That surprising news was announced about a month after Kragthorpe talked to Miles. By then, Kragthorpe was at peace with the decision – at least until the games started.
Not calling plays in the season opener against Oregon was hard. But even worse was the next week, against Northwestern State (La.). That was the home opener, and when Kragthorpe came out of the tunnel onto the field for pregame warm-ups, he had a rare moment of self-pity.
"I'm mad," he recalls. "I want to call the plays. I'm thinking, 'Why is this me? Why can't I do this?' "
Just then, Steve looked to the sideline and saw a 13-year-old boy in a wheelchair, stricken with cerebral palsy. He looked at the heavens and said, "You got me. You win."
Cynthia Kragthorpe isn't into complaining. She doesn't like hearing it from others, and she doesn't like doing it herself. She is an outspoken woman who will get in the face of a reporter if she believes something unfair has been written about her husband, but she isn't into pity parties.
"If I want sympathy, I don't go to my house," Steve says with a laugh. "It ain't happening."
So when Cynthia started experiencing pain and stiffness in her limbs, neck and back, she didn't tell her husband much about it. When she dropped drinking glasses or stumbled while walking, she minimized it. When her face began to tingle, she kept it to herself.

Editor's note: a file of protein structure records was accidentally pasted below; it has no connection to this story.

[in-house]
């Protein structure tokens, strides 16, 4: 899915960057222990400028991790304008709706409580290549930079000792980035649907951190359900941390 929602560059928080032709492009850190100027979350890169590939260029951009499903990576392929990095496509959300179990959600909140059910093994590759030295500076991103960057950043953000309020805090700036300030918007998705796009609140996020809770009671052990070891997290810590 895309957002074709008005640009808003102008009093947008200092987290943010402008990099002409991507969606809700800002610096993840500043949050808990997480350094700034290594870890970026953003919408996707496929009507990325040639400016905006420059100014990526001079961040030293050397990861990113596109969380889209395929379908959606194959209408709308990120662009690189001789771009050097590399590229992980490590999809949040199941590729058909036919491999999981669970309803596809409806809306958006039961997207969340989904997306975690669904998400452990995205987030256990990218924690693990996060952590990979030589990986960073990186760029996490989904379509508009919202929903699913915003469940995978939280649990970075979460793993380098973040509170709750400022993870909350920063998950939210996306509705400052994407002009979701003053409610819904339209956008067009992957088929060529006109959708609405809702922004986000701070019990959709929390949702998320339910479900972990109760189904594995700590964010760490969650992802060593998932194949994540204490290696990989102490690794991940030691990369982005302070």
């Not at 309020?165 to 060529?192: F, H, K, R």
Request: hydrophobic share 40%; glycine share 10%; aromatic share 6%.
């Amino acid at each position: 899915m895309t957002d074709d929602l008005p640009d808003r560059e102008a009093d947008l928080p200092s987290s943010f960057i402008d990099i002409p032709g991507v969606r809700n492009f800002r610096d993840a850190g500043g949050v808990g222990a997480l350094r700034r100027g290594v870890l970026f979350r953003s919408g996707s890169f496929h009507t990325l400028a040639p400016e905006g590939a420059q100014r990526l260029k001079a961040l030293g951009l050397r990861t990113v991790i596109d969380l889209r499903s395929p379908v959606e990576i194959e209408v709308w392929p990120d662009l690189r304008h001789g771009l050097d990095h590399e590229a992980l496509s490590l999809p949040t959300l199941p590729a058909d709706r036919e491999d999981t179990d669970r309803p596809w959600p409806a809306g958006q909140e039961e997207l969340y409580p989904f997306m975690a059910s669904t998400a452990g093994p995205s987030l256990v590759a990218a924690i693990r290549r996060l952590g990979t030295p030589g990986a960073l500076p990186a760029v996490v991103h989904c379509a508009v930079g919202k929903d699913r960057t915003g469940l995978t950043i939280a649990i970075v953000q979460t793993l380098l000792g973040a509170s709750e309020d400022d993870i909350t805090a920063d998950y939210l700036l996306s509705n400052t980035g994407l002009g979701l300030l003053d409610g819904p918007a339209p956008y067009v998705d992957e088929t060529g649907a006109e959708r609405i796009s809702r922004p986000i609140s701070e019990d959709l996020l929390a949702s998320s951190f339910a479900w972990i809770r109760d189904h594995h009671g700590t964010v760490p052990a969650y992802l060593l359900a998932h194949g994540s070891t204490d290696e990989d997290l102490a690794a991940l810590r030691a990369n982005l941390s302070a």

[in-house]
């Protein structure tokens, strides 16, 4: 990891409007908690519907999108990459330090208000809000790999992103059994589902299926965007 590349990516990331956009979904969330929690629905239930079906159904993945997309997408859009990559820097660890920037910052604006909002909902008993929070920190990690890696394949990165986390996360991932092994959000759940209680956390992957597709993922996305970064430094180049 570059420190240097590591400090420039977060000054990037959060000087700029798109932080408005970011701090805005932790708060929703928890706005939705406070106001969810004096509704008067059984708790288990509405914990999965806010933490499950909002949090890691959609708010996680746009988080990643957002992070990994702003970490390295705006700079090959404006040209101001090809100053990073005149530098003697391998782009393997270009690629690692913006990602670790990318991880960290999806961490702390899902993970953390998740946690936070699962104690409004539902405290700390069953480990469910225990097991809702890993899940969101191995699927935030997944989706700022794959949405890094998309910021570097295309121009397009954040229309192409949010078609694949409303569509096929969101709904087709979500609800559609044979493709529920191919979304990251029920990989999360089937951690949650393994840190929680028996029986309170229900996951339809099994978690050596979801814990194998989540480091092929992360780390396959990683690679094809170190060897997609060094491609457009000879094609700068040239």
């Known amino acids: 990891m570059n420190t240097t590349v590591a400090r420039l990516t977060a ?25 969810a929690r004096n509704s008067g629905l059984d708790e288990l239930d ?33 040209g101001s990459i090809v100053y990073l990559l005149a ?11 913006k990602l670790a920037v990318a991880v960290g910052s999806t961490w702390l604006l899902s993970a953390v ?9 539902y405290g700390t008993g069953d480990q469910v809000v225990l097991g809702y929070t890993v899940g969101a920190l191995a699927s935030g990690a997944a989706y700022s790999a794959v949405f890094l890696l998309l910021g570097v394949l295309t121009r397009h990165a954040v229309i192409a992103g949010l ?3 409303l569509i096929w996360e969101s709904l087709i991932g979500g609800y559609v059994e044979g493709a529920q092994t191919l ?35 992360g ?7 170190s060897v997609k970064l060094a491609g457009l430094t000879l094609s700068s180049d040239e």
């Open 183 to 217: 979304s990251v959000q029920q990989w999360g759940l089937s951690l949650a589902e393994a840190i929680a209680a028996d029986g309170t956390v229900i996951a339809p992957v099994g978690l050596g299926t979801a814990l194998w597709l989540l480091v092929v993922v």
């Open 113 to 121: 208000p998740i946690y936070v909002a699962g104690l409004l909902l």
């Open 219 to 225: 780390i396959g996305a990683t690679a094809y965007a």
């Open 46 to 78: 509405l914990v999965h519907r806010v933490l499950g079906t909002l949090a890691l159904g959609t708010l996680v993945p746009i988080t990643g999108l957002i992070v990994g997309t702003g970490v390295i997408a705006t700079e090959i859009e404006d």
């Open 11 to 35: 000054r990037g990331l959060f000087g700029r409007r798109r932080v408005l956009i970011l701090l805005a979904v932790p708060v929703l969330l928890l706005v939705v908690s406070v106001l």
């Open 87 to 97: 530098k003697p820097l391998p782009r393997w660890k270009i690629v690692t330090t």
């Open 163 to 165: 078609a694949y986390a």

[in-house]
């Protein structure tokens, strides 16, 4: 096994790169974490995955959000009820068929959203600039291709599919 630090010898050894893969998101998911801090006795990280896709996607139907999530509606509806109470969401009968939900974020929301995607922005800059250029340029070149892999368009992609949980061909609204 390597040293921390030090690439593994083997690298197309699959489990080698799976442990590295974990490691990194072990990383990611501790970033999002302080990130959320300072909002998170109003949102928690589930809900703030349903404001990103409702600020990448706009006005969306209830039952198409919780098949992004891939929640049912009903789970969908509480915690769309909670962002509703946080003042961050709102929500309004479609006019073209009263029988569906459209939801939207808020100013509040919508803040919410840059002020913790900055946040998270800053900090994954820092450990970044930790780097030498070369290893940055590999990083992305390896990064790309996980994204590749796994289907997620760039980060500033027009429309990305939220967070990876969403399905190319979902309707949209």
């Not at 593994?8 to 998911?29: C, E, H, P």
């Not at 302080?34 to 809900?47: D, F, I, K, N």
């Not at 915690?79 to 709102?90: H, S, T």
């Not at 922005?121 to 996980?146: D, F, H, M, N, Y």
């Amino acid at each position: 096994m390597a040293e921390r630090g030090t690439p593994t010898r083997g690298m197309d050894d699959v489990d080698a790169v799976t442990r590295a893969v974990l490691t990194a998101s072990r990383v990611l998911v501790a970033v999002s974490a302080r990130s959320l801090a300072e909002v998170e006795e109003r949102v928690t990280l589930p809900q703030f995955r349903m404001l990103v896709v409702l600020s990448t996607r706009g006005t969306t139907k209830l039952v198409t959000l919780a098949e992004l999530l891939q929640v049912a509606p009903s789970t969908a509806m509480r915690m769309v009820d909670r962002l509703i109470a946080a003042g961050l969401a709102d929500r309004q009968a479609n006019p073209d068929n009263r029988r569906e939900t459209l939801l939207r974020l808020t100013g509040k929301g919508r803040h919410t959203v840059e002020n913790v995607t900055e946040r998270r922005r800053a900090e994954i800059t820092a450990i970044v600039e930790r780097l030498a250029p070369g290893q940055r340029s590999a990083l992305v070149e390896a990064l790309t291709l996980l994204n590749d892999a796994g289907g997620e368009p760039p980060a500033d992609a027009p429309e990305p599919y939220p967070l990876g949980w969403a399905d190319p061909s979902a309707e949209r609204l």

She finally went to a doctor in August 2009, before Steve started his pressure-packed third season at Louisville. A lesion was discovered on her brain, and doctors told her she probably had MS.
But Cynthia told her husband nothing, knowing how much stress he already was facing with his job on the line.
"She lets me know the good stuff," Steve says. "She keeps away the bad stuff."
That October, she visited the Mayo Clinic, telling Steve it simply was a chance for doctors to evaluate an irregular heartbeat she'd been diagnosed with for quite some time. The Mayo Clinic doctors also believed she had MS, but didn't want to make a final diagnosis at that point.
Cynthia returned home and kept the news from Steve. A make-or-break season was dissolving after a 2-5 start. "For Sale" signs had been planted in the family yard. Steve's critics easily were overheard at son Brad's high school football games. The atmosphere was toxic, and she couldn't stand adding her news to the professional burden her husband was facing.